However, I came to understand that poverty is sin, but it is not the sin of a single person, but that of the whole society. As we all know, we live in a world where money is worth more than anything else, and where the rich get their wealth from the less fortunate. And it just goes on: the rich gets richer and more powerful, while the poor’s struggles become even more difficult. Therefore we can conclude that poverty is really a sin, not that of the poor, because most of them can do nothing to get out of the dark pit they’re thrown in, but a sin of the rich, because they can do something but never do. It is especially a sin of those who conquer the world, who turn a blind eye on the suffering of others, and who exploit them instead of helping them, all for the sake of themselves. 

As we all know, most crimes stem from poverty. People will do what they can to survive, even if they have to kill. Moreover, poverty also creates jealousy, envy, resentment, and other negative feelings that would later turn into actions. And this makes me think: if we address poverty, if we tackle them and try to make society more prosperous, would the world be a better place? After all, if everyone is well-clothed, well-fed, and sheltered, there would be less crimes, for people won’t be pushed to doing things they are not proud of just to survive.

I read an article about countering homelessness which really angered me. However, it also shows our mistakes in the way we perceive poverty. Instead of seeing it as a sin of us all, we tend to blame it on the poor. But do they have a voice? No. And that is why we have to be more compassionate, more helpful, and try our best to help, no matter how small the action might be. 

Price and Prize of Love

Here is something I wrote about the essay Joyas Voladoras, written by Brian Doyle. I recommend everyone to read this essay, for it is beautiful and thought-provoking, and emotionally relatable.

It begins with a hummingbird. Them it shifts to whales. And it finally ends with humans. At first glance, we might not see the connection, but once we have finished Doyle’s Joyas Voladoras, everything makes sense.

There is a beautiful message written in this essay, one that I believe we can all relate to. The heart is a mysterious, immeasurable thing. We can never understand how the heart works, and Doyle shows us just how beautifully complex it is.

First, Doyle began with a comparison. There are many kinds of hearts, each one unique, with their own characteristics. Some hearts are like the hummingbird’s: passionate, easy to love, and ambitious, while others are more like the tortoise’s, which burn slowly and comfortably. It shows just how diverse the heart is. Some are small, others are as big as a house. Some are open, while others close their doors in fear of being hurt.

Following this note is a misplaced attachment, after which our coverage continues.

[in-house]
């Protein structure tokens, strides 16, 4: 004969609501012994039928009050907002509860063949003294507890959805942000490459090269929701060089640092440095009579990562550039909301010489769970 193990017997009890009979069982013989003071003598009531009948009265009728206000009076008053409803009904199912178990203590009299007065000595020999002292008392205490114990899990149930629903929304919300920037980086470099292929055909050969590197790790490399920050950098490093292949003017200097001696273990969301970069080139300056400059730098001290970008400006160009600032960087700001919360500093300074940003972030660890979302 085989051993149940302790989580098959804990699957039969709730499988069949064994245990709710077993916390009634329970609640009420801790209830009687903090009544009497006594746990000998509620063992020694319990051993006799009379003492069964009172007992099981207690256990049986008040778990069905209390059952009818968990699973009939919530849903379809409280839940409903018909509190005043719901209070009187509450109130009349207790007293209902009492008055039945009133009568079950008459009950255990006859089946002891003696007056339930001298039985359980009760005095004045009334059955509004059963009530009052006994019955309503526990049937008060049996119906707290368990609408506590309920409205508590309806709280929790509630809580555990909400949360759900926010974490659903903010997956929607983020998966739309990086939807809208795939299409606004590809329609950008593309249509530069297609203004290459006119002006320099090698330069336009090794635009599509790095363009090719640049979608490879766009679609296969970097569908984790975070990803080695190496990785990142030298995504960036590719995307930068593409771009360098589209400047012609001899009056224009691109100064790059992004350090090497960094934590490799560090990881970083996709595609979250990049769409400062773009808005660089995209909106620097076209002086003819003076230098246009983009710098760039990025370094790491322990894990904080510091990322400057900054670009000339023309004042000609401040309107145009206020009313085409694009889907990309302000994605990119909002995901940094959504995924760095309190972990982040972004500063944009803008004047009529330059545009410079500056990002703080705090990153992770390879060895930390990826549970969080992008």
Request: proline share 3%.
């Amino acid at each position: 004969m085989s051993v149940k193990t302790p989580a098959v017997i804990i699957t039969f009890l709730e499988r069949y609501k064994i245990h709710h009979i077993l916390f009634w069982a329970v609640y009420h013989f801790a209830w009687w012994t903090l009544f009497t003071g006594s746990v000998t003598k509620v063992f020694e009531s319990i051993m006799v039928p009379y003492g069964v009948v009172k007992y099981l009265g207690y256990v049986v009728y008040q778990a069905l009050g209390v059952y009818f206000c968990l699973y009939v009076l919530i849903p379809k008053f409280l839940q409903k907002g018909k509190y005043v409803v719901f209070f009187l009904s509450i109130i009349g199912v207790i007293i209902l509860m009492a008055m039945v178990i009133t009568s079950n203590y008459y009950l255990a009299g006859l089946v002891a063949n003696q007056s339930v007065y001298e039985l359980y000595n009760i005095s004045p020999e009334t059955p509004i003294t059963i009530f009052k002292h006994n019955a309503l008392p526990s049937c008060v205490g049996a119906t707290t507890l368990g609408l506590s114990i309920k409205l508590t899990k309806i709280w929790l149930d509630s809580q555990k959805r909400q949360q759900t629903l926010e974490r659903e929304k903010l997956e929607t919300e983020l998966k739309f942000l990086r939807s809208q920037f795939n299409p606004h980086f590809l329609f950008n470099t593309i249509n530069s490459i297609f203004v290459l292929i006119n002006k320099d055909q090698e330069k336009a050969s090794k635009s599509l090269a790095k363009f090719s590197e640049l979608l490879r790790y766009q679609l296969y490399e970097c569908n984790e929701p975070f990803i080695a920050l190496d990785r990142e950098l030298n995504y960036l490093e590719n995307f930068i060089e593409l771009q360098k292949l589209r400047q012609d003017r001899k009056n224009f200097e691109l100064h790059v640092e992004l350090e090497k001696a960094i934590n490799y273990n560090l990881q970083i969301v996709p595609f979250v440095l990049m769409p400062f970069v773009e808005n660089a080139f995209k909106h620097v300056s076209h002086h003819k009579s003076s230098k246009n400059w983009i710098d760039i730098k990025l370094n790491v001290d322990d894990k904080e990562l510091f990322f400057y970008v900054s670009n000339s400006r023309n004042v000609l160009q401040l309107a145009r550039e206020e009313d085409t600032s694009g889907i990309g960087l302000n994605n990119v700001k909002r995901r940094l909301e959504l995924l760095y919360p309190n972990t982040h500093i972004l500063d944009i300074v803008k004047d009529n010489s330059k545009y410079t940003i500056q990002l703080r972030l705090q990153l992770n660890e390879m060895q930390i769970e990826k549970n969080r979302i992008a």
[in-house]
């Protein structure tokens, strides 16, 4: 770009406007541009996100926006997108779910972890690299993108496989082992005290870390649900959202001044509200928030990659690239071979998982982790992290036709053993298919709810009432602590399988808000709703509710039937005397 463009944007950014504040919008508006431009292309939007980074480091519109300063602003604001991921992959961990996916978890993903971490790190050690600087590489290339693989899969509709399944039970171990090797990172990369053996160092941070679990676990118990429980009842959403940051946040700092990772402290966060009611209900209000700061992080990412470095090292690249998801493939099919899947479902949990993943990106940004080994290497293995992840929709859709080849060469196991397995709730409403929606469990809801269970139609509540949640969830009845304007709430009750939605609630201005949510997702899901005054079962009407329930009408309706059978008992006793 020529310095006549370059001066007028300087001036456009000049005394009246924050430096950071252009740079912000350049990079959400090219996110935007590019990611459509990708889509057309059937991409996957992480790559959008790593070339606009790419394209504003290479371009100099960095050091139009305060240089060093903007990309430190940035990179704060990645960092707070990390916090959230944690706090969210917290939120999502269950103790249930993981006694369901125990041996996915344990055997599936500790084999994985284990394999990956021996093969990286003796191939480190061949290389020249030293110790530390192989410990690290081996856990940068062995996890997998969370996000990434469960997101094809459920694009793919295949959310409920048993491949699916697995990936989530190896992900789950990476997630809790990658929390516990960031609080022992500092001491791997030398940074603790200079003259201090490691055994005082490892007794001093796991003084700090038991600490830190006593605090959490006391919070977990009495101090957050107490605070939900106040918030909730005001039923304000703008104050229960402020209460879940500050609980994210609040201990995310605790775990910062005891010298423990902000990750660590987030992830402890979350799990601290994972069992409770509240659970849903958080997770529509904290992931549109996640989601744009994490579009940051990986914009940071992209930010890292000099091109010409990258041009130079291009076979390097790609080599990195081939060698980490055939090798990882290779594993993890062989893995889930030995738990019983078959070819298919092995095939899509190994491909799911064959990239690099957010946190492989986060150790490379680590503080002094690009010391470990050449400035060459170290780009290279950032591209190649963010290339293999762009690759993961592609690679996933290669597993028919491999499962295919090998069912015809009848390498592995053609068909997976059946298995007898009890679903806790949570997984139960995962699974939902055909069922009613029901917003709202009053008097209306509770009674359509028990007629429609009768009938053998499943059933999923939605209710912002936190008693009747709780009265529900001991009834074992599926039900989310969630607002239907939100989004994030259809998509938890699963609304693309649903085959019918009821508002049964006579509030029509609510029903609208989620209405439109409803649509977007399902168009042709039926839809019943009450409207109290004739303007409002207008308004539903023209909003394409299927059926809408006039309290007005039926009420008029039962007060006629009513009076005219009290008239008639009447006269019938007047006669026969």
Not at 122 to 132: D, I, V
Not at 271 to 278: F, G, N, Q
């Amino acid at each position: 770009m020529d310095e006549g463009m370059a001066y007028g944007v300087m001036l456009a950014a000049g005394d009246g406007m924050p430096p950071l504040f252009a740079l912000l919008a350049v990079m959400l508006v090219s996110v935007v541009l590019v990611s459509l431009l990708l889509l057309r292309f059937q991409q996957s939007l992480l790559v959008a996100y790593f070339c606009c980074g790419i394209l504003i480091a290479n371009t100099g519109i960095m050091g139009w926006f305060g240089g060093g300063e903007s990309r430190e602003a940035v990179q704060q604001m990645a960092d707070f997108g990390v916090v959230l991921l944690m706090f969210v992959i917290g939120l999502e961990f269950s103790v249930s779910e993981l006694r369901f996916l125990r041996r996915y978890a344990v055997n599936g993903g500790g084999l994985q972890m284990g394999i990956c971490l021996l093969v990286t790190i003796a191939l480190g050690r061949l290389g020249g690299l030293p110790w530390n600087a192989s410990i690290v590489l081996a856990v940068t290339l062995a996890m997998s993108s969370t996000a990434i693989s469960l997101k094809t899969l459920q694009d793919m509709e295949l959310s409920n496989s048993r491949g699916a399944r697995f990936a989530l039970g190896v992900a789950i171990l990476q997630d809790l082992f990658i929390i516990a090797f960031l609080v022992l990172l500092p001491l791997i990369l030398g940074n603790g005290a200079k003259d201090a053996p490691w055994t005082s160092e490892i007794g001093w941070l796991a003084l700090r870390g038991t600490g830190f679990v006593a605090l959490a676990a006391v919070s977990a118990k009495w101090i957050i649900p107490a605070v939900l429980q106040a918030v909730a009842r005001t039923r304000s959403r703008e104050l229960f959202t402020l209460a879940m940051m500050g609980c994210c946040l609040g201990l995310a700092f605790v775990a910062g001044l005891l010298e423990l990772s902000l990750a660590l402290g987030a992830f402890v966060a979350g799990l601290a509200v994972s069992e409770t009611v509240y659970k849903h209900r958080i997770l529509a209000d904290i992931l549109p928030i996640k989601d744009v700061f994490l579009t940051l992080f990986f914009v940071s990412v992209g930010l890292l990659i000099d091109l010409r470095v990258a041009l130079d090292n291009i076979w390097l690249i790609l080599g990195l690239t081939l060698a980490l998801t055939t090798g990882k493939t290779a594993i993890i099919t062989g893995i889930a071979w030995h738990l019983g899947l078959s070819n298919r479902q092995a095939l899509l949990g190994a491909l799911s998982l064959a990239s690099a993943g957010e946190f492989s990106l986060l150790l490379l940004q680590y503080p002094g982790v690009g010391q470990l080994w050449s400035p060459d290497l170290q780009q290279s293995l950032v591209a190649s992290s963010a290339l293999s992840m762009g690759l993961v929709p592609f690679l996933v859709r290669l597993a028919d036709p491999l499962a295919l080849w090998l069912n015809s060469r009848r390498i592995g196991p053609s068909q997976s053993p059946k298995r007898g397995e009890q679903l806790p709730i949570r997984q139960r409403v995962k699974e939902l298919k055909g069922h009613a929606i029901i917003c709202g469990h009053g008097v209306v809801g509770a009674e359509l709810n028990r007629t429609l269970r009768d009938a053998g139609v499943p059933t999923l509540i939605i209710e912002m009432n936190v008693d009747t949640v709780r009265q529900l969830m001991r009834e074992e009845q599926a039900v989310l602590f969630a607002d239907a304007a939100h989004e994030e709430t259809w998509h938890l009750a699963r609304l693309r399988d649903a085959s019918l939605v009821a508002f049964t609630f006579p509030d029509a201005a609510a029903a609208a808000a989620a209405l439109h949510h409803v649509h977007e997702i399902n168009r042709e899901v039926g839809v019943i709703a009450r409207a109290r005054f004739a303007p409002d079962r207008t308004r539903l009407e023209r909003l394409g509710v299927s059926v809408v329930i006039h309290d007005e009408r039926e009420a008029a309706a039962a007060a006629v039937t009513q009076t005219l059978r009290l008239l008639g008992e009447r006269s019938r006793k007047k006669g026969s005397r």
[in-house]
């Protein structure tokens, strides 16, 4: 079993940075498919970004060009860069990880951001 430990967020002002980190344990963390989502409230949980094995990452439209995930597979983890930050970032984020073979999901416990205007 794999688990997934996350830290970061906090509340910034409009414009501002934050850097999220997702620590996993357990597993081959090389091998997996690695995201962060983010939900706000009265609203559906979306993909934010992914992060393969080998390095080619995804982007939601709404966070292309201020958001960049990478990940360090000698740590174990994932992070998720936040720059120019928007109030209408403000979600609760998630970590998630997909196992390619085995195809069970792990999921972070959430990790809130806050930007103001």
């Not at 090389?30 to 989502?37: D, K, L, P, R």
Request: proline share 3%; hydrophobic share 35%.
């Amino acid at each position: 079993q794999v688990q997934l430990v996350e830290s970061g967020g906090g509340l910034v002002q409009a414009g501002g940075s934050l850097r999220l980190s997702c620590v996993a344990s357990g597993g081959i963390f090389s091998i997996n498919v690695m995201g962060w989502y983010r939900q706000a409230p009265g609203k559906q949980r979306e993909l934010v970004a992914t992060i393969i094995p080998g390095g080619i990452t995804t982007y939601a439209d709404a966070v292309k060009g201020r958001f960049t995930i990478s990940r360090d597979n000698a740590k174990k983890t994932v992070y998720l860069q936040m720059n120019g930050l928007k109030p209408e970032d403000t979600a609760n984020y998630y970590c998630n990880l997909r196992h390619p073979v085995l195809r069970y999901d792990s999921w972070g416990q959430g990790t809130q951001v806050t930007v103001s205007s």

And this brings us to another important point. The heart is a fragile thing, which can easily be broken, and even if we manage to put it back together again, the scars still remain. Doyle wrote: “All hearts finally are bruised and scarred, scored and torn, repaired by time and will, patched with force of character, yet fragile and rickety forevermore.”

Maybe this is what scares us. Maybe this is why we build walls around ourselves, around the rooms of our hearts where we are the most vulnerable. Maybe this is why we are, to a certain extent, afraid of loving others. Because what if the person we love does not love us back? Or what if they have to go their own separate ways? What if we lose them? Can we cope with the pain, or will our hearts break and crumble?

Some of us are so scared of having our hearts broken that we close the doors to our hearts and refuse to let anyone in, hoping that this will protect us from the uncertainties of life. However, there are things we can never control, and maybe at one moment we are perfectly safe behind our brick walls, but then comes someone who breaks it down in an instant, leaving us naked, exposed, and very, very afraid.

This is not always a bad thing. True, having an open heart that loves passionately means that we are vulnerable to a lot of dangers. We can easily be hurt. We might lose hope. But between these disadvantages, we gain a beautiful, wonderful ability to love, to experience just how far our hearts can go, and to transcend ourselves and become a better person, a person we never imagined we could ever be.

All this is out of reach for someone who hides behind the confines of their own fears. Although they might be safe from the storm outside, they can never see the sun either. And I believe that even when the storm destroys everything in its path, the sun would come out again, because our hearts can always be healed by the touch of love. The scars will remain, that is certain, but when faced with all the happiness life can bring if we only let it, those scars would be nothing more than a nightmare we have conquered, one that cannot touch us anymore, for we are stronger now than we have ever been.

People are Equal

Yesterday at Church, the priest said something wonderful, which I’m going to share here:

If there is one thing we need to change, it’s the perception that one life is worth more than others.

It’s in our nature to differentiate other human beings. Some think that one race is more worthy than the others, some think that men are better than women (or vice versa!), and some believe that people in another religion are worth less than themselves, because they are not on the “right path”.